The CMA Awards may get the lion’s share of the attention in country music this week, thanks mainly to its three hours in primetime on ABC, but Tuesday night’s BMI Awards exude a certain kind of unmatchable cool.
Only in the confines of BMI’s Nashville parking garage — where tables, a stage, and multiple bars are set up on the hard concrete — would you see the Grateful Dead’s Bob Weir, in a black poncho and hat, and Margo Price in a rhinestone suit singing Dwight Yoakam’s “Fast as You” backed by a house band that included Randy Houser and Audley Freed. But perhaps such collabs come about because the BMIs aren’t televised. Instead, it’s a loose evening for artists of all stripes — Luke Combs, Carrie Underwood, Eric Church, Midland, and Tanya Tucker were all milling about — to let down their guard and pick up their drink.
At its core, the invitation-only banquet recognizes the 50 most performed country songs of the year in a rapid-fire presentation of certificates and photo ops. It’s a dizzying spectacle broken up only by a few speeches and performances in honor of the recipient of the BMI President’s Award, the evening’s centerpiece. This year, that honor went to Yoakam, who spoke at length about the origins of his songwriting.
“I wrote primarily because I needed things to sing, and it’s flattering to be given this award tonight, it’s flattering to be honored by BMI… Every placard that I’ve received from BMI over the years is an award that I cherish, right alongside any platinum album that I got,” he said. “[They are] to remind me how lucky I’ve been, how fortunate I’ve been to be able to make a living doing something I would have done for free.”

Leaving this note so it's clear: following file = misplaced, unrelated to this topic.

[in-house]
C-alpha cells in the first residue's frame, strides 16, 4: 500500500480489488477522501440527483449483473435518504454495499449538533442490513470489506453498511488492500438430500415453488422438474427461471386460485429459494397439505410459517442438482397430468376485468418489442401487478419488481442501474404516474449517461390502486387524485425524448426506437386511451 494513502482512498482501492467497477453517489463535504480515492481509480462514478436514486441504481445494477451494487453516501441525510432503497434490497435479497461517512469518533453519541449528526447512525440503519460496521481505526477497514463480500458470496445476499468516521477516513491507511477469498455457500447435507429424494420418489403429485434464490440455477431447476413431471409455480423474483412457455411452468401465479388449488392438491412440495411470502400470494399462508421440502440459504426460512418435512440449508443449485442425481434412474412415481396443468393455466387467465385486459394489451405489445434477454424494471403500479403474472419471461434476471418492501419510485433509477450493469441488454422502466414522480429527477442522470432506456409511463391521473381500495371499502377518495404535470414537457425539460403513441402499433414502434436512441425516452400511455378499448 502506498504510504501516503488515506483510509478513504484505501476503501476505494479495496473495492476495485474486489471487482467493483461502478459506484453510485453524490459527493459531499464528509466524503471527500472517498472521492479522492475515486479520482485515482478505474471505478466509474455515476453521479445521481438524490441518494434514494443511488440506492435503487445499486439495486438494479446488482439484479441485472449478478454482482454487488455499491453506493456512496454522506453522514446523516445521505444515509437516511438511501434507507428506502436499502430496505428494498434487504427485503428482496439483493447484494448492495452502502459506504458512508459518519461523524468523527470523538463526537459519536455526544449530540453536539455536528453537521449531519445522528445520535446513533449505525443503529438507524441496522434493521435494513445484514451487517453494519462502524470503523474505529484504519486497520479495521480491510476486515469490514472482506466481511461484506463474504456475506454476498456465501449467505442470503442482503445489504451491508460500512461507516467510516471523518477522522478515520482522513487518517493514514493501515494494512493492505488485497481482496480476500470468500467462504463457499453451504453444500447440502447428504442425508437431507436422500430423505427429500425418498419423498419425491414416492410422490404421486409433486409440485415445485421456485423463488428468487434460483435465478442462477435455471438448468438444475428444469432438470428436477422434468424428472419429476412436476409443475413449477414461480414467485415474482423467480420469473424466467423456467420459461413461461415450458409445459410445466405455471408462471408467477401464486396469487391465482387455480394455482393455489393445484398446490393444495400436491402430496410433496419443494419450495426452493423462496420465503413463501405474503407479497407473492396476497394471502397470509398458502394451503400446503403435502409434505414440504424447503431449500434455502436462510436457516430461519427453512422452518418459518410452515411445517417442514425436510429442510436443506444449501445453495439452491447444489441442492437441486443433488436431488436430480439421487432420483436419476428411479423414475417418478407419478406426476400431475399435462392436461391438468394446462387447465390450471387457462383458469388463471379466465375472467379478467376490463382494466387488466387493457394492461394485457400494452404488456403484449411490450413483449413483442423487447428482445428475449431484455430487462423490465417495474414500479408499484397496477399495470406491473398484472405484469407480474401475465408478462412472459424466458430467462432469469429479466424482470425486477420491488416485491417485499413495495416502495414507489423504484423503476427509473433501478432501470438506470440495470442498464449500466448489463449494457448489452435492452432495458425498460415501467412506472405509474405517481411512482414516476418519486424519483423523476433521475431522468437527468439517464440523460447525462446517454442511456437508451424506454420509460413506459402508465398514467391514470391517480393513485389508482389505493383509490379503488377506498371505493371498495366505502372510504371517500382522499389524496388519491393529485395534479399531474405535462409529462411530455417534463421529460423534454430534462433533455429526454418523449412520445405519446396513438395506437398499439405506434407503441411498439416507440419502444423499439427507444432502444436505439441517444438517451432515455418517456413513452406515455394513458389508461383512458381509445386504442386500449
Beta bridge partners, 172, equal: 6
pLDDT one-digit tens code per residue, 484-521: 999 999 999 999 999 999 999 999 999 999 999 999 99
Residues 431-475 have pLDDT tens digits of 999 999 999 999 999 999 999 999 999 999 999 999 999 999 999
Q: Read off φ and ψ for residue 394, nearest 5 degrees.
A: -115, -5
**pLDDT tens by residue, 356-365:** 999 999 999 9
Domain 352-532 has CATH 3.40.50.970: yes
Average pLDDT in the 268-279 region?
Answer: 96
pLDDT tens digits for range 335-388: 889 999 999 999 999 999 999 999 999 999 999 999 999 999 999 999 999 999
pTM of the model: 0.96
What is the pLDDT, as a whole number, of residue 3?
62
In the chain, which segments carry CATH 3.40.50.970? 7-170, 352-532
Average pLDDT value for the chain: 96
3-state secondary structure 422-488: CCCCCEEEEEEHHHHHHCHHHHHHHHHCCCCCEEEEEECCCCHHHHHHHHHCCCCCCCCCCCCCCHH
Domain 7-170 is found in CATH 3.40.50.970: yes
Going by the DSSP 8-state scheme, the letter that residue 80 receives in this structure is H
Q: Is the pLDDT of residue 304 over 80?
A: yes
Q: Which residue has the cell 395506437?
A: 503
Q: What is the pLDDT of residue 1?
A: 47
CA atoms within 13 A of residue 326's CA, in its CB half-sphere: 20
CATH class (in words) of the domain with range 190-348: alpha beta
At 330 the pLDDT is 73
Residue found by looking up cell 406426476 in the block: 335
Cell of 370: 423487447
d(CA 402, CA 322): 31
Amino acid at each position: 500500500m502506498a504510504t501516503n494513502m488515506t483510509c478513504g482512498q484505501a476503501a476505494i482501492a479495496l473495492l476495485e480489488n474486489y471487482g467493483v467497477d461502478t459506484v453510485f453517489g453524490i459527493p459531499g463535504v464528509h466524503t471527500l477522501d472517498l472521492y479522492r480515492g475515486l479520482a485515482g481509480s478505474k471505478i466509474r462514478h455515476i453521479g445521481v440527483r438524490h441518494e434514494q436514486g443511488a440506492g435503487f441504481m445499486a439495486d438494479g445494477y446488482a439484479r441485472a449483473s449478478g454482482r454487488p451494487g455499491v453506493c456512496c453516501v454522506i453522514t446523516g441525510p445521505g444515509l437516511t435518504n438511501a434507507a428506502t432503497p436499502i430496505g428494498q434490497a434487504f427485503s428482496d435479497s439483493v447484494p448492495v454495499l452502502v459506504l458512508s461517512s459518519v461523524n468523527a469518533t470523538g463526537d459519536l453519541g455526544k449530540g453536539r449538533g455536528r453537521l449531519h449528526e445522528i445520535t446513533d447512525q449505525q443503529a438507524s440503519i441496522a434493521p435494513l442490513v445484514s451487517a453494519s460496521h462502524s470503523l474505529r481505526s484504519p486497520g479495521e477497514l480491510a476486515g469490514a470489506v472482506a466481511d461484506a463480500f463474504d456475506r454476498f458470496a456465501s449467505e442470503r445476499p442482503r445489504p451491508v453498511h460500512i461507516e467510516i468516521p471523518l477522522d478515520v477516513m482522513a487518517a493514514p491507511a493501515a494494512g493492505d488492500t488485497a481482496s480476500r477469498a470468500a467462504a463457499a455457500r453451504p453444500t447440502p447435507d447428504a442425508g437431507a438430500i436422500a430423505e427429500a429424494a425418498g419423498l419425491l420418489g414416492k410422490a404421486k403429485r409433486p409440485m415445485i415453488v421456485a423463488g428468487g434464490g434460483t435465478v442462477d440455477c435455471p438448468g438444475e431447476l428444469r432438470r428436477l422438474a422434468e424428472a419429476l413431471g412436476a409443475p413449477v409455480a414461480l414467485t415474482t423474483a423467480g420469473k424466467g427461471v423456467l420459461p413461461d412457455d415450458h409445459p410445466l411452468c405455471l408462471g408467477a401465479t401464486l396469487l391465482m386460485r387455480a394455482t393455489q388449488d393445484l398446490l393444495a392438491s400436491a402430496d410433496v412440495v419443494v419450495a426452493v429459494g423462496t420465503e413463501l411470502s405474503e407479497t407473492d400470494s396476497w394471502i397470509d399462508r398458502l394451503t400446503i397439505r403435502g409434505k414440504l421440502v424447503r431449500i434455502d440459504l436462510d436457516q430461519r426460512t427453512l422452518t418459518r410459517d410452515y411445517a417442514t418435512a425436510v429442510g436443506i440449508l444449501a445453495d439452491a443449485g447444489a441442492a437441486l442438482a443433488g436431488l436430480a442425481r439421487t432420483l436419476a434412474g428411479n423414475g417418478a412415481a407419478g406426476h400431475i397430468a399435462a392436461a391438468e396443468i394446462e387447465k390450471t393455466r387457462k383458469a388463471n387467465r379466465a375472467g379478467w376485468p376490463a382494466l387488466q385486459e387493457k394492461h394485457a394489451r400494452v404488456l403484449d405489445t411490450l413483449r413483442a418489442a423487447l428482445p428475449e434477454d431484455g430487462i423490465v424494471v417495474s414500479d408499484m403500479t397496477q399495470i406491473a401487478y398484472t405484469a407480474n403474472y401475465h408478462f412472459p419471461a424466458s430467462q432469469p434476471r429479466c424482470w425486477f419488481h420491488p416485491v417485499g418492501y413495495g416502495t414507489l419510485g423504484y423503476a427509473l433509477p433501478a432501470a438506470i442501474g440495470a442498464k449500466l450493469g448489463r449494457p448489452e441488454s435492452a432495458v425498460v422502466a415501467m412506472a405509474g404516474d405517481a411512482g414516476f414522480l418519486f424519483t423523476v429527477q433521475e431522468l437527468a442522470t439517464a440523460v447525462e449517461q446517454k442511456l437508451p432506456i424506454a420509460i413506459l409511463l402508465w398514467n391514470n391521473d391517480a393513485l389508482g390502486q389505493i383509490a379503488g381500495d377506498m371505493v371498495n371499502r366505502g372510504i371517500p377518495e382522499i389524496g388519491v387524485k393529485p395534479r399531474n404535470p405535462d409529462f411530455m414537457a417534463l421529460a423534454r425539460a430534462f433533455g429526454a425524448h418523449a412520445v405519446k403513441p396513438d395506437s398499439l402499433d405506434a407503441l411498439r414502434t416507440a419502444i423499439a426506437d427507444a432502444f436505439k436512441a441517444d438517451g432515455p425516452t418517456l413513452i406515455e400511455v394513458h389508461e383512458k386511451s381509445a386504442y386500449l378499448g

It was the performances of his hits, however, that distinguished this year’s gala. Along with Price and Weir’s wonderfully ramshackle “Fast as You,” Jon Pardi delivered a faithful take on Yoakam’s 1986 honky-tonker “Guitars, Cadillacs” that proved him just as much of a neo-traditionalist as the evening’s President’s Award winner. But the hush moment came from the Highwomen — Brandi Carlile, Maren Morris, Amanda Shires, and Natalie Hemby — who assembled to perform “A Thousand Miles From Nowhere.” With Jason Isbell joining the house band on guitar, the group harmonized their way through the forlorn 1993 hit. It was a dazzling performance punctuated by Carlile’s spot-on Yoakam yodel and further cemented the Highwomen as 2019’s MVPs.
By night’s end, Nicolle Galyon and Ross Copperman shared Songwriter of the Year honors, and Dan + Shay’s “Tequila” — which Galyon co-wrote — received Song of the Year.
“Rocky Top,” the enduring bluegrass romp written by Felice and Boudleaux Bryant, received the inaugural Evergreen Award, with Ricky Skaggs and Kentucky Thunder offering a performance of the number, one of Tennessee’s state songs.